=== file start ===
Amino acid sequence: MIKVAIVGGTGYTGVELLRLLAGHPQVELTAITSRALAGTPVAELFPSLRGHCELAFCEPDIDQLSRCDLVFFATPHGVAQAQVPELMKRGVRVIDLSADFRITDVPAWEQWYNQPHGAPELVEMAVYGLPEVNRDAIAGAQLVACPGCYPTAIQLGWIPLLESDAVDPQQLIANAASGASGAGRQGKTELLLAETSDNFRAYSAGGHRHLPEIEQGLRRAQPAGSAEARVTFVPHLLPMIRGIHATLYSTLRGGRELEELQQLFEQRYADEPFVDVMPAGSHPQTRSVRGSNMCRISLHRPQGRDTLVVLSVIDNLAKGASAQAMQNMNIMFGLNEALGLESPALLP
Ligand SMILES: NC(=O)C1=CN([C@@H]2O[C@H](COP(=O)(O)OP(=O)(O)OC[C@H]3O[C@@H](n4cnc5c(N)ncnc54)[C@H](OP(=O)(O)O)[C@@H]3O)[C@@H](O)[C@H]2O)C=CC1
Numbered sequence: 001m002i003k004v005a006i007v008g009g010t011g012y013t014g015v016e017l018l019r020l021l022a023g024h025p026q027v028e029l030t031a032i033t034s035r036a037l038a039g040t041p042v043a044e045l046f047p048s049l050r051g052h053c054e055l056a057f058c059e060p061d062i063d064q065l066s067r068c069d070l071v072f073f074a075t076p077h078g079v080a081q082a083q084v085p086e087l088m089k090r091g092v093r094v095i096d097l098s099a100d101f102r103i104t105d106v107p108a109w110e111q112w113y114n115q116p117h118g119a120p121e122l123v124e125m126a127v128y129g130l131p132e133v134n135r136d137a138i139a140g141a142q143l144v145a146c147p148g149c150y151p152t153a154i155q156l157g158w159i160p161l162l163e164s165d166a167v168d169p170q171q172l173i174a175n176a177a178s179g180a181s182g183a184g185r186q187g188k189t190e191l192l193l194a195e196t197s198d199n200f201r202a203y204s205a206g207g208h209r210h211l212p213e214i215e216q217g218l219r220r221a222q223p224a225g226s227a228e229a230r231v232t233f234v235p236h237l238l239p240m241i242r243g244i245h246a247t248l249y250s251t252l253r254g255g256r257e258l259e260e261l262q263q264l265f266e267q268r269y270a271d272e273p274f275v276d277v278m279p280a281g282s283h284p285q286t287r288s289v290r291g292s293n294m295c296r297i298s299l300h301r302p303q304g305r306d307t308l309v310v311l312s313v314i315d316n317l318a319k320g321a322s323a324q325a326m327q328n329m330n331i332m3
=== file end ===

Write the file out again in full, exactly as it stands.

Amino acid sequence: MIKVAIVGGTGYTGVELLRLLAGHPQVELTAITSRALAGTPVAELFPSLRGHCELAFCEPDIDQLSRCDLVFFATPHGVAQAQVPELMKRGVRVIDLSADFRITDVPAWEQWYNQPHGAPELVEMAVYGLPEVNRDAIAGAQLVACPGCYPTAIQLGWIPLLESDAVDPQQLIANAASGASGAGRQGKTELLLAETSDNFRAYSAGGHRHLPEIEQGLRRAQPAGSAEARVTFVPHLLPMIRGIHATLYSTLRGGRELEELQQLFEQRYADEPFVDVMPAGSHPQTRSVRGSNMCRISLHRPQGRDTLVVLSVIDNLAKGASAQAMQNMNIMFGLNEALGLESPALLP
Ligand SMILES: NC(=O)C1=CN([C@@H]2O[C@H](COP(=O)(O)OP(=O)(O)OC[C@H]3O[C@@H](n4cnc5c(N)ncnc54)[C@H](OP(=O)(O)O)[C@@H]3O)[C@@H](O)[C@H]2O)C=CC1
Numbered sequence: 001m002i003k004v005a006i007v008g009g010t011g012y013t014g015v016e017l018l019r020l021l022a023g024h025p026q027v028e029l030t031a032i033t034s035r036a037l038a039g040t041p042v043a044e045l046f047p048s049l050r051g052h053c054e055l056a057f058c059e060p061d062i063d064q065l066s067r068c069d070l071v072f073f074a075t076p077h078g079v080a081q082a083q084v085p086e087l088m089k090r091g092v093r094v095i096d097l098s099a100d101f102r103i104t105d106v107p108a109w110e111q112w113y114n115q116p117h118g119a120p121e122l123v124e125m126a127v128y129g130l131p132e133v134n135r136d137a138i139a140g141a142q143l144v145a146c147p148g149c150y151p152t153a154i155q156l157g158w159i160p161l162l163e164s165d166a167v168d169p170q171q172l173i174a175n176a177a178s179g180a181s182g183a184g185r186q187g188k189t190e191l192l193l194a195e196t197s198d199n200f201r202a203y204s205a206g207g208h209r210h211l212p213e214i215e216q217g218l219r220r221a222q223p224a225g226s227a228e229a230r231v232t233f234v235p236h237l238l239p240m241i242r243g244i245h246a247t248l249y250s251t252l253r254g255g256r257e258l259e260e261l262q263q264l265f266e267q268r269y270a271d272e273p274f275v276d277v278m279p280a281g282s283h284p285q286t287r288s289v290r291g292s293n294m295c296r297i298s299l300h301r302p303q304g305r306d307t308l309v310v311l312s313v314i315d316n317l318a319k320g321a322s323a324q325a326m327q328n329m330n331i332m3